I’d go off on some rant about how Fable I left me feeling remotely dissatisfied and fell ridiculously short of my expectations, but since you probably felt the same way, I’ll just ask you to remember that lukewarm feeling, and we’ll take it from there. Peter Molyneux has grand expectations. Not unreasonably grand, but once you’ve already built an RPG game with near-ultimate freedom, you’d best have a slew of new bits or you’re just putting up fresh wallpaper and selling us the same game we bought three years ago. Fable II has more going for it than just looks, but it has its ups and downs. Fable II takes place 600 years after the first Fable, and leaves your ass orphaned before you can blink. Fortunately, you have your dog. The dog is a great addition, a constant companion to find treasure and warn you about annoying baddies coming up along the way. He’s good (maybe too good) at his job, but you’ll definitely get attached to him. This critter will love you regardless if you’re good or evil. Can’t say the same about your spouse, however.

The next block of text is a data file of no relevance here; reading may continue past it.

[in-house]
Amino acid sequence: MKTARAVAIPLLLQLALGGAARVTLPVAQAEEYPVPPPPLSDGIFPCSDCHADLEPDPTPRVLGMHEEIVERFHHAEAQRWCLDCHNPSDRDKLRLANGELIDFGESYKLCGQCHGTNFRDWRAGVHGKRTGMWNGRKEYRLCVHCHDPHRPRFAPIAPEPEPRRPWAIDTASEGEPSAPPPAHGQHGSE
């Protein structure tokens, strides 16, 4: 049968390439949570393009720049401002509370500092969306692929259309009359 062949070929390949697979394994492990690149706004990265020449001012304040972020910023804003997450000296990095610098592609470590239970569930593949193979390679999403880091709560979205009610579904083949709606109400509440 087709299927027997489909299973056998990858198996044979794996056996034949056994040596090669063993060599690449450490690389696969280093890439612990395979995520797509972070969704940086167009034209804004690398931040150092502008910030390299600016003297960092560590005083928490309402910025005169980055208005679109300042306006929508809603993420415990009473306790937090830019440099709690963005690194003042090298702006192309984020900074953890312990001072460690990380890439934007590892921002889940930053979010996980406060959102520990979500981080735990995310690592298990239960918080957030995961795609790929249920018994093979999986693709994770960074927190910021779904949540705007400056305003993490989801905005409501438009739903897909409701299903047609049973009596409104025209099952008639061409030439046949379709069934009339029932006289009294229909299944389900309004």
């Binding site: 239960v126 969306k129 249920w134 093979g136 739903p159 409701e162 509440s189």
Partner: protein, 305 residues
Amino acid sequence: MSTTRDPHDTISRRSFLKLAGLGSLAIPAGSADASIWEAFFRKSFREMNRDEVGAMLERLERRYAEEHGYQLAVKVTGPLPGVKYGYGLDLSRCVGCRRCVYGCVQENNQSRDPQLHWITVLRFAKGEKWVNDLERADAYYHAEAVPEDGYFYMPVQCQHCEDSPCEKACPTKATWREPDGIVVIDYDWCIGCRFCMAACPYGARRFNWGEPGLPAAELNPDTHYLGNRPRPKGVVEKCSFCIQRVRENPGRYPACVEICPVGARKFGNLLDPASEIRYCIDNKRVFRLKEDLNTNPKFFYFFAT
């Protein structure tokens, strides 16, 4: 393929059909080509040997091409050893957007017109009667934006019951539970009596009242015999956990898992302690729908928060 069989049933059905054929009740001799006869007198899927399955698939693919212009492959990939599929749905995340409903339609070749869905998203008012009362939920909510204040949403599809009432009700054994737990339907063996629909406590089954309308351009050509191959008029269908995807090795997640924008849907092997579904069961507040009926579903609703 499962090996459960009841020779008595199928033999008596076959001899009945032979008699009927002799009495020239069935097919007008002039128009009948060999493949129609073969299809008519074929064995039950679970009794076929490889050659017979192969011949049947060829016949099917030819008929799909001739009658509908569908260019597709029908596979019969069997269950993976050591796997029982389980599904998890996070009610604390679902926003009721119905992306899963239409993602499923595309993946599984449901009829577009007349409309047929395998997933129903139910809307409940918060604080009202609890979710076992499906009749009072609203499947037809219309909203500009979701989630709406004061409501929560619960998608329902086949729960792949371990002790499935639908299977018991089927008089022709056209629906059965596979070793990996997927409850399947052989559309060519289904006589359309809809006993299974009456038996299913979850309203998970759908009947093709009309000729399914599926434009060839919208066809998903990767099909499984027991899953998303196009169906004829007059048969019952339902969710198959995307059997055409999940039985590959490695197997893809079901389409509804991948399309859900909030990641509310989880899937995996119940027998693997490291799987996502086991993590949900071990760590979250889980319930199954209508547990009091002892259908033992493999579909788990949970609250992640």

This time around, you can play as a man or a woman, and you can marry/sleep with whoever you damn well please, but you’d best be bringing along a condom. Don’t, and you/your wife will end up knocked up and you’ll have another mouth to feed, literally. You can reproduce in this game, so if you don’t “plan parenthood,” you’ll be knee deep in children demanding love and presents before you can afford a house. Don’t worry about knocking up the hookers; however, you should play it safe. (One word: STDs. Seriously.) Also, your dog is likely to be more loyal than your spouse, so you’d best keep your family fed and happy if you don’t want a divorce or at least to keep them from banging the farmer next door.